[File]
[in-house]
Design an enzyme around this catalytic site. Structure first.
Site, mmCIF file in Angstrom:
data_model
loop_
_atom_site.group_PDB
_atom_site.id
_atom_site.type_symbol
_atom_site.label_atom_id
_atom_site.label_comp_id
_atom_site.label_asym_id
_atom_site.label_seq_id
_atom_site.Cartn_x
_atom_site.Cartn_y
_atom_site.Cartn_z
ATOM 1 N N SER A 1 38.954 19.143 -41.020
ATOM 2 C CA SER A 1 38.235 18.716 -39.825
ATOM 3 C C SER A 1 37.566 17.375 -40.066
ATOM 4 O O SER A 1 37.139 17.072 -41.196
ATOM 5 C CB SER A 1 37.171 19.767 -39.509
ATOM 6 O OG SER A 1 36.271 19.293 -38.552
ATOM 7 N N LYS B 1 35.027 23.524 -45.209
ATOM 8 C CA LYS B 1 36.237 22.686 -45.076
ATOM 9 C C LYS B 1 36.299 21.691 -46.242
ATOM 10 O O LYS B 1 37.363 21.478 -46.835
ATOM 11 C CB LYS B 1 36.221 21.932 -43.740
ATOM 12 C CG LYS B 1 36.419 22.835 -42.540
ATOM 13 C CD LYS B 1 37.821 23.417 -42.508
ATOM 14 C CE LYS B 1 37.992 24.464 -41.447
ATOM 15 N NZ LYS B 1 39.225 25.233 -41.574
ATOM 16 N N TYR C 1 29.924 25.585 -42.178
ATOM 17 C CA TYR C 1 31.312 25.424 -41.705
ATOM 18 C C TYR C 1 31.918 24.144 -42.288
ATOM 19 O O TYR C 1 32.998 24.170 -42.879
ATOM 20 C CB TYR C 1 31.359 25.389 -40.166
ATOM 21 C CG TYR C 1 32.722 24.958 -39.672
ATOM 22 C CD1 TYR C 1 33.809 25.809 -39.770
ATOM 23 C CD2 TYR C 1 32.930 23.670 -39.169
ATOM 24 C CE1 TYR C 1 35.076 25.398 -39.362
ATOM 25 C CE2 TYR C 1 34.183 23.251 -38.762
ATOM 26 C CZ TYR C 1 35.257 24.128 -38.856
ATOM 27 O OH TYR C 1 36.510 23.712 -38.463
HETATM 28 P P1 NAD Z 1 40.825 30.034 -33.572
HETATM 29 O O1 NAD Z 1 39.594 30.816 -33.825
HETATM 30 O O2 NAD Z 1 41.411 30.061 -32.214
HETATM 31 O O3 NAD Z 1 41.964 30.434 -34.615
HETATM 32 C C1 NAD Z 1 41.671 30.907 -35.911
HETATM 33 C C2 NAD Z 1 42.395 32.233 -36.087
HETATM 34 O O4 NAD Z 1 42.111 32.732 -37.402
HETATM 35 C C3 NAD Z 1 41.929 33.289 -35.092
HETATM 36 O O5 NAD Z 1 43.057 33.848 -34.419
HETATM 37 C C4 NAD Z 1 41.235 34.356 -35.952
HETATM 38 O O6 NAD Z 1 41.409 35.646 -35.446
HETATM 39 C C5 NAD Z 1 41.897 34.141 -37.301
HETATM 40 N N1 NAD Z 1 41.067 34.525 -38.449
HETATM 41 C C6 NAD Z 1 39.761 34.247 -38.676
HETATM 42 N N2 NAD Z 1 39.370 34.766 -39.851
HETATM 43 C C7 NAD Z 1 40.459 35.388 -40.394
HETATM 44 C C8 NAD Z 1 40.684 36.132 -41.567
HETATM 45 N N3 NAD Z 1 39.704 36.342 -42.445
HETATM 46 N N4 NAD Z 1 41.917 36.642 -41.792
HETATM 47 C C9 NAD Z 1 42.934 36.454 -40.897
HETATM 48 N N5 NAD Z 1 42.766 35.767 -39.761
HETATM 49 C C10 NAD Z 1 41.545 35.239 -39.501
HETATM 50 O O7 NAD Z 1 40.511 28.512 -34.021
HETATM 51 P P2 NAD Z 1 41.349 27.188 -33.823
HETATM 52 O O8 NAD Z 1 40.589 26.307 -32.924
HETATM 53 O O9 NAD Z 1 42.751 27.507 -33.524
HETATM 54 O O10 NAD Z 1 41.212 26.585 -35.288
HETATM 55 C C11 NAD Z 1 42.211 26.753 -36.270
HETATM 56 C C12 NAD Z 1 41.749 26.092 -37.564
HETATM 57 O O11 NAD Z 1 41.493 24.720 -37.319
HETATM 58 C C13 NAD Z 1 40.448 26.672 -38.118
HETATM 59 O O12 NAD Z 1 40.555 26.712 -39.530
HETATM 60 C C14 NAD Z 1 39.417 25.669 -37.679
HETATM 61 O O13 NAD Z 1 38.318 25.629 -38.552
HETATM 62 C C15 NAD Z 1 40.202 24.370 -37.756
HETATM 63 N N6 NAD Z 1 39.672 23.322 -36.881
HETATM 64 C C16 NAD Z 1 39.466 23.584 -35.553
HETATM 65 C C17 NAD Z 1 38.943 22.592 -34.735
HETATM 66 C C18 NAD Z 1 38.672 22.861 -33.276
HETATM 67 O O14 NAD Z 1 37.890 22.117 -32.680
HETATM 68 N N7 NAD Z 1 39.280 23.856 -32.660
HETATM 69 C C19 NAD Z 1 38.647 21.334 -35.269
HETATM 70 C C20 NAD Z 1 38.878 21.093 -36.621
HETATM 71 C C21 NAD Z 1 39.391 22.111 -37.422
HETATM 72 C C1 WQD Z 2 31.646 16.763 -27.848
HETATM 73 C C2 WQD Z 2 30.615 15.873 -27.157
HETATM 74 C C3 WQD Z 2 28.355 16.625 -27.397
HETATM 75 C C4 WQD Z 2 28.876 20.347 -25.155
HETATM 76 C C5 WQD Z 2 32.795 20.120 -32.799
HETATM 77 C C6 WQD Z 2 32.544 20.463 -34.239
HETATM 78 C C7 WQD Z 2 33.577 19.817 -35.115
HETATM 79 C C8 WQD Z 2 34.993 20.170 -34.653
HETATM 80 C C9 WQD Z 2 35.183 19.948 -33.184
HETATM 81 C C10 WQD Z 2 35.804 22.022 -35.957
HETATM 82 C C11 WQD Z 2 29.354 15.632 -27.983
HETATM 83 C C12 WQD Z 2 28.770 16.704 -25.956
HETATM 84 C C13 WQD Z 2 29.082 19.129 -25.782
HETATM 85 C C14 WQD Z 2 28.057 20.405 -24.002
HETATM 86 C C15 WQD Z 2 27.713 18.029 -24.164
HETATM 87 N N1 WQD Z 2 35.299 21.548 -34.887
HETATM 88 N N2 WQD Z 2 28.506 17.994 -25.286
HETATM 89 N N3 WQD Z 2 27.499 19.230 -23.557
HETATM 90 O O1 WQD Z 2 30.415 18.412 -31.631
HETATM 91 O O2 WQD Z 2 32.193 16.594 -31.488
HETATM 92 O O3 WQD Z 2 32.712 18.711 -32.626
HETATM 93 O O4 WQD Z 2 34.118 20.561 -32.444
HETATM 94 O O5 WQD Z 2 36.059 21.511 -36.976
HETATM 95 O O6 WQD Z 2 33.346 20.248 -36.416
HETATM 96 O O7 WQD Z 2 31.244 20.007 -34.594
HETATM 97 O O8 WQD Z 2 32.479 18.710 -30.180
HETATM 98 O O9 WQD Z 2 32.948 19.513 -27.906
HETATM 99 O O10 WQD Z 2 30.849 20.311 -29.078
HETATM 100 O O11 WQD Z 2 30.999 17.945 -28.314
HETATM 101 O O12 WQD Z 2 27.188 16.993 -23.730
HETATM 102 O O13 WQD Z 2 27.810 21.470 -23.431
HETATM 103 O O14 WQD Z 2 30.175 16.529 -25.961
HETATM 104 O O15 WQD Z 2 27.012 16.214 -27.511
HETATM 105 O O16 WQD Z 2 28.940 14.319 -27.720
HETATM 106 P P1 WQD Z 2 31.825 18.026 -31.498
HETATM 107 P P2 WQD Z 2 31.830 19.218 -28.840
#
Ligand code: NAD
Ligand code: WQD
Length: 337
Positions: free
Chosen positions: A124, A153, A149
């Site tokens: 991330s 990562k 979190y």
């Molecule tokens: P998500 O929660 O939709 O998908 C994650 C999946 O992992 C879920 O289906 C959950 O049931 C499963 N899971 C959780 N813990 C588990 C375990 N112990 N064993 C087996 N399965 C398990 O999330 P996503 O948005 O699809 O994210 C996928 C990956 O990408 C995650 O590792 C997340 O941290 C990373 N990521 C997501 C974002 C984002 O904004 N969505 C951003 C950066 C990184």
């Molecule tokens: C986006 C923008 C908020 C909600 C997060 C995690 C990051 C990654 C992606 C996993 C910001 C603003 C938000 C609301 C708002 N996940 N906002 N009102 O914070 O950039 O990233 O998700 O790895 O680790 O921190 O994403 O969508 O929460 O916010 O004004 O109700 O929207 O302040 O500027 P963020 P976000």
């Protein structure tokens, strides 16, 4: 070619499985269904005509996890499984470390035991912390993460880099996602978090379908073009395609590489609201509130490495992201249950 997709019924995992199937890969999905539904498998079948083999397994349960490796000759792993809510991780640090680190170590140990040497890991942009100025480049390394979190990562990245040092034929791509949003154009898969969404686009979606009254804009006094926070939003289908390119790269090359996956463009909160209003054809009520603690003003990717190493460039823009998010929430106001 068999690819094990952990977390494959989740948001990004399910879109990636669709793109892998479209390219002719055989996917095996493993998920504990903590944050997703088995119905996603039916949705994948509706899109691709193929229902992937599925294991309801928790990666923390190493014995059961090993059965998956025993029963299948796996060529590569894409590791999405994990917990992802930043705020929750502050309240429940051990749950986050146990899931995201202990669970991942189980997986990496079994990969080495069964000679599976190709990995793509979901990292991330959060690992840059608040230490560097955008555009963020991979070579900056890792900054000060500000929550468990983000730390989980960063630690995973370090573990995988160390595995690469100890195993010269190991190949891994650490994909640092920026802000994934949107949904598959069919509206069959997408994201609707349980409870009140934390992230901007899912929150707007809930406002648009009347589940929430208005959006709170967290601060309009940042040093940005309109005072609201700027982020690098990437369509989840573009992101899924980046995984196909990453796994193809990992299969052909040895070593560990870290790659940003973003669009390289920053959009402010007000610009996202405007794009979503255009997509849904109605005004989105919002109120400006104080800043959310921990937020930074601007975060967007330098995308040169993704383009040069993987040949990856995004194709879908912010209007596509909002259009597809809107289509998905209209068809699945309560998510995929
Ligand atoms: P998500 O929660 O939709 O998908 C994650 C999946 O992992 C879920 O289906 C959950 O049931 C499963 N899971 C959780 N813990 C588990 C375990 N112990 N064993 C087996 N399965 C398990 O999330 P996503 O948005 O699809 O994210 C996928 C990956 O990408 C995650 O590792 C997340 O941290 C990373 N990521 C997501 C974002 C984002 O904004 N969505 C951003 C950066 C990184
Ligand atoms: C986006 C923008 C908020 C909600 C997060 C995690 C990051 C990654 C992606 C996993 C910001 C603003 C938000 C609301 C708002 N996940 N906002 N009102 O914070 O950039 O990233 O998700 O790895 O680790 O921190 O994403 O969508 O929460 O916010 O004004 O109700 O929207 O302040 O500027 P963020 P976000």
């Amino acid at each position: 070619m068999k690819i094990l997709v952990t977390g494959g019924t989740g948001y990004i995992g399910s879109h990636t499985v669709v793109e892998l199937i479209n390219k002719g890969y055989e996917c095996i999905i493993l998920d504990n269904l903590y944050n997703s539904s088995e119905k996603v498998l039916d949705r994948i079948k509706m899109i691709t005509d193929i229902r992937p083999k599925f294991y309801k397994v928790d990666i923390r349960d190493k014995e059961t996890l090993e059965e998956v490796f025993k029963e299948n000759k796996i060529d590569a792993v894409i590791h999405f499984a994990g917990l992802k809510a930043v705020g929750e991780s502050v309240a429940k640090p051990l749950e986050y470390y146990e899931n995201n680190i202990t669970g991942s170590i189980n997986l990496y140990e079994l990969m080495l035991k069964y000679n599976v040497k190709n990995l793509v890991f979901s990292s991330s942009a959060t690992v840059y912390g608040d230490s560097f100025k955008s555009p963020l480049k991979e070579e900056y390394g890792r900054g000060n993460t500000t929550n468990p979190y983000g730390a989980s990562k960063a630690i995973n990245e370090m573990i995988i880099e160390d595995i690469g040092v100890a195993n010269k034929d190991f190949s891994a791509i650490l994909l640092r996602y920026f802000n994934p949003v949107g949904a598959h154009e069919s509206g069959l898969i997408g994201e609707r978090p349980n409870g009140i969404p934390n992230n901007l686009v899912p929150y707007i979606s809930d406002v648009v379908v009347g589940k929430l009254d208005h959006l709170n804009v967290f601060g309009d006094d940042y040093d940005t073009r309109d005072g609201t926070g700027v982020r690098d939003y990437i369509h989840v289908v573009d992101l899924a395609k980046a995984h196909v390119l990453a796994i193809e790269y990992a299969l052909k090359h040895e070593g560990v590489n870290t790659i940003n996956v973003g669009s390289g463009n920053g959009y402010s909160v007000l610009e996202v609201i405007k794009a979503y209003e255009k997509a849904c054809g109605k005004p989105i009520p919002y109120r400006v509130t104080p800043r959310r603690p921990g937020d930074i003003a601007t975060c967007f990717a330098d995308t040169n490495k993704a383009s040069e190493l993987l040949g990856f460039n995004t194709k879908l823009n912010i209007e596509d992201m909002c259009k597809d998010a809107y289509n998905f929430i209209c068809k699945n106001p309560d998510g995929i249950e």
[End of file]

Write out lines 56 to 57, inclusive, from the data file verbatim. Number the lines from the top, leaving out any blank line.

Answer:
HETATM 41 C C6 NAD Z 1 39.761 34.247 -38.676
HETATM 42 N N2 NAD Z 1 39.370 34.766 -39.851